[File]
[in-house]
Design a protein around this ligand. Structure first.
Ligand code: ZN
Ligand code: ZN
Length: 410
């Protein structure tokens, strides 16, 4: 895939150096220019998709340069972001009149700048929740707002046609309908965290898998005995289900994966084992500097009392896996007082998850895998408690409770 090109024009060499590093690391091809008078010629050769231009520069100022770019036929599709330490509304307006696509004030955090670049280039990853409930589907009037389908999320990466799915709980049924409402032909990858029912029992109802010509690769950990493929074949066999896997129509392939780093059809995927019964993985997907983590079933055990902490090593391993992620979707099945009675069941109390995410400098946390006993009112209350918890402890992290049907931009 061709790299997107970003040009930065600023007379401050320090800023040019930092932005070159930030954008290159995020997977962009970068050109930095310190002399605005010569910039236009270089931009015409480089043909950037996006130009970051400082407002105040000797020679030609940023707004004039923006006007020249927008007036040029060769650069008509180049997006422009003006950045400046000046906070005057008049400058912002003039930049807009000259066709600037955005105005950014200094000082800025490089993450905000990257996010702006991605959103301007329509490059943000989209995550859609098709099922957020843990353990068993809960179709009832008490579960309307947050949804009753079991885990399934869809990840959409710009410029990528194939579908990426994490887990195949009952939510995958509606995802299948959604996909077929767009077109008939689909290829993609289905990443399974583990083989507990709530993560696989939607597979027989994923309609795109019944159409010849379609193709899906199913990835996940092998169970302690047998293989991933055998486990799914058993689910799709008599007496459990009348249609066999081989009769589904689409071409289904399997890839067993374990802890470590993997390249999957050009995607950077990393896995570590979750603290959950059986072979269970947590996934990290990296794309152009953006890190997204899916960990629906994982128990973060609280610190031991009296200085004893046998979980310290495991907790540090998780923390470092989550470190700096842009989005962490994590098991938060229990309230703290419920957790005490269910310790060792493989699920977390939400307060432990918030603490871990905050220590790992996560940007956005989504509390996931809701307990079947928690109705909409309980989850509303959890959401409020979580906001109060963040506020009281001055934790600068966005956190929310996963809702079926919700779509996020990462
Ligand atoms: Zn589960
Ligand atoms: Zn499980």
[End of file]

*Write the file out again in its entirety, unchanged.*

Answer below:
[in-house]
Design a protein around this ligand. Structure first.
Ligand code: ZN
Ligand code: ZN
Length: 410
């Protein structure tokens, strides 16, 4: 895939150096220019998709340069972001009149700048929740707002046609309908965290898998005995289900994966084992500097009392896996007082998850895998408690409770 090109024009060499590093690391091809008078010629050769231009520069100022770019036929599709330490509304307006696509004030955090670049280039990853409930589907009037389908999320990466799915709980049924409402032909990858029912029992109802010509690769950990493929074949066999896997129509392939780093059809995927019964993985997907983590079933055990902490090593391993992620979707099945009675069941109390995410400098946390006993009112209350918890402890992290049907931009 061709790299997107970003040009930065600023007379401050320090800023040019930092932005070159930030954008290159995020997977962009970068050109930095310190002399605005010569910039236009270089931009015409480089043909950037996006130009970051400082407002105040000797020679030609940023707004004039923006006007020249927008007036040029060769650069008509180049997006422009003006950045400046000046906070005057008049400058912002003039930049807009000259066709600037955005105005950014200094000082800025490089993450905000990257996010702006991605959103301007329509490059943000989209995550859609098709099922957020843990353990068993809960179709009832008490579960309307947050949804009753079991885990399934869809990840959409710009410029990528194939579908990426994490887990195949009952939510995958509606995802299948959604996909077929767009077109008939689909290829993609289905990443399974583990083989507990709530993560696989939607597979027989994923309609795109019944159409010849379609193709899906199913990835996940092998169970302690047998293989991933055998486990799914058993689910799709008599007496459990009348249609066999081989009769589904689409071409289904399997890839067993374990802890470590993997390249999957050009995607950077990393896995570590979750603290959950059986072979269970947590996934990290990296794309152009953006890190997204899916960990629906994982128990973060609280610190031991009296200085004893046998979980310290495991907790540090998780923390470092989550470190700096842009989005962490994590098991938060229990309230703290419920957790005490269910310790060792493989699920977390939400307060432990918030603490871990905050220590790992996560940007956005989504509390996931809701307990079947928690109705909409309980989850509303959890959401409020979580906001109060963040506020009281001055934790600068966005956190929310996963809702079926919700779509996020990462
Ligand atoms: Zn589960
Ligand atoms: Zn499980």